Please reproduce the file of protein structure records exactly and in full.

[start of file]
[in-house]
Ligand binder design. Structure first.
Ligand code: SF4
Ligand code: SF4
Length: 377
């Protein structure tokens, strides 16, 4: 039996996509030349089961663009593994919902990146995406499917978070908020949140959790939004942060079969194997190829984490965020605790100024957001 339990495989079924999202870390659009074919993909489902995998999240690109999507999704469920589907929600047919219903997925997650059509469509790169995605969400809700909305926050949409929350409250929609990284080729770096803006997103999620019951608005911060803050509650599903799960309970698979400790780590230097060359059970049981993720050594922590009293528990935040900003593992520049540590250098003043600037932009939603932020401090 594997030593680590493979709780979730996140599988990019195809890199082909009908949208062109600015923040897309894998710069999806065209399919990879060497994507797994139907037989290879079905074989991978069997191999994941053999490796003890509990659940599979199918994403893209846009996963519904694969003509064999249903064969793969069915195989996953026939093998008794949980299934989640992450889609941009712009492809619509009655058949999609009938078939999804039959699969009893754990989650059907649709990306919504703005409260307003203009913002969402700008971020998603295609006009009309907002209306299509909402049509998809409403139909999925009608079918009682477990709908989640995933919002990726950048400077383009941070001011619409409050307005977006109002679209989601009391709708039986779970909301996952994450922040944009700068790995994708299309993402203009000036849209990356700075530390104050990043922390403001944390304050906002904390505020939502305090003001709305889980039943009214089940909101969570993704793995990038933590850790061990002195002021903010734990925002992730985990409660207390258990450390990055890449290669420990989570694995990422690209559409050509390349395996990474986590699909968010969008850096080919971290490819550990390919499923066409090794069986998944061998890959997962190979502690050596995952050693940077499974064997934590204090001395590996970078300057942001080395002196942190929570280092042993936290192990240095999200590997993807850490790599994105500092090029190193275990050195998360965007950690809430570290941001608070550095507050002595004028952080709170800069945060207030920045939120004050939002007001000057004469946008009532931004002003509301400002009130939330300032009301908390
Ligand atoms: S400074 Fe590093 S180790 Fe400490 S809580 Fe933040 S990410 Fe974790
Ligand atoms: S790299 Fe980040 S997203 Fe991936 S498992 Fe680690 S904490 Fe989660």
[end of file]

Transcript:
[in-house]
Ligand binder design. Structure first.
Ligand code: SF4
Ligand code: SF4
Length: 377
């Protein structure tokens, strides 16, 4: 039996996509030349089961663009593994919902990146995406499917978070908020949140959790939004942060079969194997190829984490965020605790100024957001 339990495989079924999202870390659009074919993909489902995998999240690109999507999704469920589907929600047919219903997925997650059509469509790169995605969400809700909305926050949409929350409250929609990284080729770096803006997103999620019951608005911060803050509650599903799960309970698979400790780590230097060359059970049981993720050594922590009293528990935040900003593992520049540590250098003043600037932009939603932020401090 594997030593680590493979709780979730996140599988990019195809890199082909009908949208062109600015923040897309894998710069999806065209399919990879060497994507797994139907037989290879079905074989991978069997191999994941053999490796003890509990659940599979199918994403893209846009996963519904694969003509064999249903064969793969069915195989996953026939093998008794949980299934989640992450889609941009712009492809619509009655058949999609009938078939999804039959699969009893754990989650059907649709990306919504703005409260307003203009913002969402700008971020998603295609006009009309907002209306299509909402049509998809409403139909999925009608079918009682477990709908989640995933919002990726950048400077383009941070001011619409409050307005977006109002679209989601009391709708039986779970909301996952994450922040944009700068790995994708299309993402203009000036849209990356700075530390104050990043922390403001944390304050906002904390505020939502305090003001709305889980039943009214089940909101969570993704793995990038933590850790061990002195002021903010734990925002992730985990409660207390258990450390990055890449290669420990989570694995990422690209559409050509390349395996990474986590699909968010969008850096080919971290490819550990390919499923066409090794069986998944061998890959997962190979502690050596995952050693940077499974064997934590204090001395590996970078300057942001080395002196942190929570280092042993936290192990240095999200590997993807850490790599994105500092090029190193275990050195998360965007950690809430570290941001608070550095507050002595004028952080709170800069945060207030920045939120004050939002007001000057004469946008009532931004002003509301400002009130939330300032009301908390
Ligand atoms: S400074 Fe590093 S180790 Fe400490 S809580 Fe933040 S990410 Fe974790
Ligand atoms: S790299 Fe980040 S997203 Fe991936 S498992 Fe680690 S904490 Fe989660």